I’ve been a non-denominational Christian for nearly 15 years. As I have grown up in the proverbial Church, I say proverbial because one of my tenant beliefs is the Church is everywhere not just in a building, I have noticed one huge misunderstanding amongst believers and non-believers: you have to worship in a specific manner. Now before we all get hung up on the word worship I want to define it, for these purposes, as the act of singing as a congregation toward Jesus. As a non-denominational Christian, my idea of worshiping is a set of four songs that allow me to proclaim my love of Jesus to Jesus. However, over the years I have noticed there is an unspoken, and sometimes loudly shouted, attitude about how one should worship.
Part of why I identify as a non-denominational Christian is because the beliefs are not rooted in rules and regulations that other denominations hold to be true. Simply, I believe in God and I believe my salvation is secure. There is no lent or weekly communion. So, when one considers worship in a non-denominational church you would think that there wouldn’t be much of a fuss about it, but I stand corrected. Which is why I wanted to take a minute to acknowledge this attitude and examine why there is so much fuss about it.
There are various levels to all of this fuss. There are those who find it funny and deal with it humorously, like in the image above. There are others however who make a mockery of it such as R. Albert Mohler Jr., the president of the Southern Baptist Theological Seminary. In a 2014 article in the New York Times where writer Michael Paulson examined the famous Hillsong church, R. Albert Mohler Jr. said, “It’s a prosperity movement for the millennials, in which the polyester and middle-class associations of Oral Roberts have given way to ripped jeans and sophisticated rock music. What has made Hillsong distinctive is a minimization of the actual content of the Gospel, and a far more diffuse presentation of spirituality.” Essentially R. Mohler Jr. is taking a stab at the Millennial Christians who are turning worship into a farce.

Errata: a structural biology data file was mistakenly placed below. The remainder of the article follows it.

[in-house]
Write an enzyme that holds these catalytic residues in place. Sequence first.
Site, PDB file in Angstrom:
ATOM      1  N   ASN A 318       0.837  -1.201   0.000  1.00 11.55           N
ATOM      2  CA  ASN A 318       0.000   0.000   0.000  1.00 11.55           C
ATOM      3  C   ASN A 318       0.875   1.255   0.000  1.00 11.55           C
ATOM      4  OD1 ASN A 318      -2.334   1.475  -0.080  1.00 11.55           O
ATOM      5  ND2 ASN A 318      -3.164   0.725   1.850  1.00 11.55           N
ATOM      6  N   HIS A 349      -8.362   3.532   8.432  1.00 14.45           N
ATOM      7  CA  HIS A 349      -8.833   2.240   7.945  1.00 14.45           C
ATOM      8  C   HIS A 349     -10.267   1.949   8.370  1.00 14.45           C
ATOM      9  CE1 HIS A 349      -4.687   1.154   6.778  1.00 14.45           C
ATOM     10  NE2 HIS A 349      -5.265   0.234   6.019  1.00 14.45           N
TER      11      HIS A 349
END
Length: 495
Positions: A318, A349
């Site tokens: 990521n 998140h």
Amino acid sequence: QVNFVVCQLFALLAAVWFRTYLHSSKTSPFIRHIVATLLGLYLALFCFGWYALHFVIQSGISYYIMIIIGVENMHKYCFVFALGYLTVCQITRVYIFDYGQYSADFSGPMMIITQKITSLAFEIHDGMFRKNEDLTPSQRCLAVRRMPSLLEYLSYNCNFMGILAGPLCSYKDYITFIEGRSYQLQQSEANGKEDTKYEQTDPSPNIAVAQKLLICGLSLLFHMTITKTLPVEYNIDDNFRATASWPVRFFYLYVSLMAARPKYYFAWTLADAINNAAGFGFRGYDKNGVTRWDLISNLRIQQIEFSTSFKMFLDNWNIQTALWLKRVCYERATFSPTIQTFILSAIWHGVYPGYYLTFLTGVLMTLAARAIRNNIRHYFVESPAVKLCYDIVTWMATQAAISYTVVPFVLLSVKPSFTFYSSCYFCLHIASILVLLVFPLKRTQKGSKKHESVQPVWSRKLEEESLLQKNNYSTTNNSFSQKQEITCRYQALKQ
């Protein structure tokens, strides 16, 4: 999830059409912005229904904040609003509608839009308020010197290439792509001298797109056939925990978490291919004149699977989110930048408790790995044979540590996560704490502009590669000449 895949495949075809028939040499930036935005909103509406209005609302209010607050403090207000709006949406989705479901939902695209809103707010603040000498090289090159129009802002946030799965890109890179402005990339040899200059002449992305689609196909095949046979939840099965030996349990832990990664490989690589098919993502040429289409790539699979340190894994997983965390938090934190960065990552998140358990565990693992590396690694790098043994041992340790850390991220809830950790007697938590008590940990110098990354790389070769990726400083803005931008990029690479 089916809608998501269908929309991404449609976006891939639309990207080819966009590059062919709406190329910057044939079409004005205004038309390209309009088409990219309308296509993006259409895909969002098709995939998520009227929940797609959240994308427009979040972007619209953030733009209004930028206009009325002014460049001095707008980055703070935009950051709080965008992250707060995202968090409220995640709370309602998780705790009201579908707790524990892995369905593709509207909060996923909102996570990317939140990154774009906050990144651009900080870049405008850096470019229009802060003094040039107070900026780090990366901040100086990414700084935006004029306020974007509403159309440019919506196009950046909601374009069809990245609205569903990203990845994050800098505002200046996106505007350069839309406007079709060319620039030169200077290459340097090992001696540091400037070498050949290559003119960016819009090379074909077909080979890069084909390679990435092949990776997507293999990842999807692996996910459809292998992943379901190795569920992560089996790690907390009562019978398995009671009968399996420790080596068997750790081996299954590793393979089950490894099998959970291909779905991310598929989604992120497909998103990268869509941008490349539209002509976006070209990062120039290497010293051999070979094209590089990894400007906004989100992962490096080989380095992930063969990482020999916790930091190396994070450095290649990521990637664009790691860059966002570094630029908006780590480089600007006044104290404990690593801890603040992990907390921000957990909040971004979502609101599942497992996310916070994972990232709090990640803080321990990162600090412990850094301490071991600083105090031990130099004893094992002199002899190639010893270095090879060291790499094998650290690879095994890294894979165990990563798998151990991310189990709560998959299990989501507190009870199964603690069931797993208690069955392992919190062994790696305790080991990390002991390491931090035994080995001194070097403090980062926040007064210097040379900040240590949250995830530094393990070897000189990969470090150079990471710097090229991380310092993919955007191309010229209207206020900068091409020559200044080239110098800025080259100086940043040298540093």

Here’s my thinking: do whatever makes you comfortable. The worship experience has become one of intense speculation from others. This only came to my attention in the past few years because of my transcontinental experience of the non-denominational Church. I have had the unique opportunity to go to four different churches while I’ve traveled over the past few years. When I traveled to Europe in 2014 I visited Hillsong London twice, in the same summer I went to Paris and visited The American Church, while in Chicago in 2015 I visited Holy Trinity Church, and when I visited Seattle over the summer I visited Foundation Church. Point being, I’ve experienced four different styles of worship in different areas of the world.
At Hillsong London I’ve described to friends that the worship atmosphere is like a party for Jesus ― hands are lifted high and some people are even dancing around. In Chicago, people sway from side to side as the music plays, even getting out books filled with hymns at some points. The American Church in Paris uses a projector screen and an electric guitar to worship Jesus. Those Pacific Northwest hipsters in Seattle gather in an old military base headquarter and have earplugs on hand for the rock n’ roll worship they produce. The bottom line is that the worship is different, but Jesus is the same. Whether it’s Paris, London, Chicago, Seattle, or right in my backyard: Jesus never changes.
While this article is geared toward the Christian believer I encourage those who do not believe, those who may be questioning or used to believe or are just plain curious, to consider my words. Whatever you’ve experienced remember the true reason for the worship: Jesus. So, whether your hands are up high, comfortably in the middle, holding a cup of coffee, or positioned idly at your sides it should not be the source of concern or speculation. I won’t quote Scripture or try to stand on a soapbox and preach to you. I just want you to see how different worship is for people and around the world.
We should gather under no other name but Jesus and we should worship amidst this gathering in whatever way we feel most comfortable. Jesus does not dwell on the position of your hands but rather the position of your heart. So whether you find yourself traveling to different places around the world or merely walking into your home base church every Sunday remember that.